We need cooperation among great powers and constructive contributions from all powers. We need alliances that work and partners that shoulder their share of the common burden. We need to work together to isolate spoilers. We need to join together to counter states that defy their international responsibilities even as we ensure that they have off-ramps should they choose a more responsible course. We need stronger mechanisms for conflict prevention and conflict resolution. And finally, we need more durable vehicles to promote economic development, democracy, and good governance. We need strong institutions, not strong men, to help lay a lasting foundation for global stability and sustainable growth.
To say the least, this is an ambitious agenda. But surely the State of Israel is one country that believes that human beings can and must do great things together—a country that has seen its extraordinary democratic institutions rise with miraculous speed—a country that knows that the trampled fields of war can shelter seeds of peace—a country that believes t in Herzl’s words, if you will it, it is no dream.
These responsibilities do not rest with leaders alone. Ordinary citizens must do their vital part—and heed the call to service and sacrifice. No climate pact will make the difference if consumers do not change the cars they drive or the way they insulate their homes. No peace will truly last if leaders are not held accountable for faithful implementation of their obligations and if citizens lose heart in the promise of a brighter future. Shared security rests on public resolve, common understanding, and united will.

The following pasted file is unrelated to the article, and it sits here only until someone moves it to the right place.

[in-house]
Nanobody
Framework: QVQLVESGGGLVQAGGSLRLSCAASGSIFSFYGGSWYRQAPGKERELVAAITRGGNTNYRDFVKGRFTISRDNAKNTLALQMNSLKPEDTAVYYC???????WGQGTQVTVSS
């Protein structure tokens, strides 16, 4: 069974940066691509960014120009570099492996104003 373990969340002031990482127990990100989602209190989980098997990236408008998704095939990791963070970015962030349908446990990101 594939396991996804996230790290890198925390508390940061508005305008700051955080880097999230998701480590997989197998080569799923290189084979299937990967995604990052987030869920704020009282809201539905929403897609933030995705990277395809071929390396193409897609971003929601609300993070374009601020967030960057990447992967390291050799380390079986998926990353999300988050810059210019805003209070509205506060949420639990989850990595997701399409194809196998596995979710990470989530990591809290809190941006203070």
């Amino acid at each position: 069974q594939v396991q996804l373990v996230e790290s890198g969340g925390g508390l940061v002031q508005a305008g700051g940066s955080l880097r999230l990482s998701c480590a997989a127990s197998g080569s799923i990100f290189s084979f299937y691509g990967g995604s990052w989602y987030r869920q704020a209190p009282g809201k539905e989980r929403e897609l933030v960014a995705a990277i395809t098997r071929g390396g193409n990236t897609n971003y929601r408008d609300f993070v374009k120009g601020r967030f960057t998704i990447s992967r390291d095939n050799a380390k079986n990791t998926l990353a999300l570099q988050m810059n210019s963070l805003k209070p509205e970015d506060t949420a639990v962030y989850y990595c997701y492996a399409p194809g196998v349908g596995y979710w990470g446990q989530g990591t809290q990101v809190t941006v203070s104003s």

Some will always scoff. Some will choose not to choose. Some will prefer drift to action. But history is made by those on the playing field, not those sitting in the cheap seats.
Decades from now, students sitting in classrooms from Jerusalem to Jakarta will learn about the life of Shimon Peres—and everyone will have forgotten those who grumble today from the sidelines or who are too caught up in short-term political interests to stand up for the interests of generations to come.
Decades from now, people in Egypt, Jordan, and Israel will still praise Anwar al-Sadat, Menachem Begin, King Hussein, Yitzhak Rabin, and other Arab and Israeli leaders who knew that peace is always possible.
And decades from now, people will remember the leaders from this historic moment who took responsibility for our shared destiny and they will remember the citizens who refused to allow differences to define them.
We can be remembered as a generation that evaded the hard choices, that looked away, and that left its children less safe and less secure. Or we can come together to advance our interests, to stand up for our values, and to strengthen our common security by investing in our common humanity.
The stakes are high. The choice is urgent. But America believes that, together, we can and we must rise to history’s call.
Sunday, October 25, 2009
At the end of her remarks addressed to the participants of the Israeli Presidential Conference 2009, Susan E. Rice, U.S. Permanent Representative to the United Nations and of U.S. Mission to the United Nations made in Jerusalem on October 21, 2009, Ms. Rice recalled Menachem Begin:
Posted by YMedad at 12:48 AM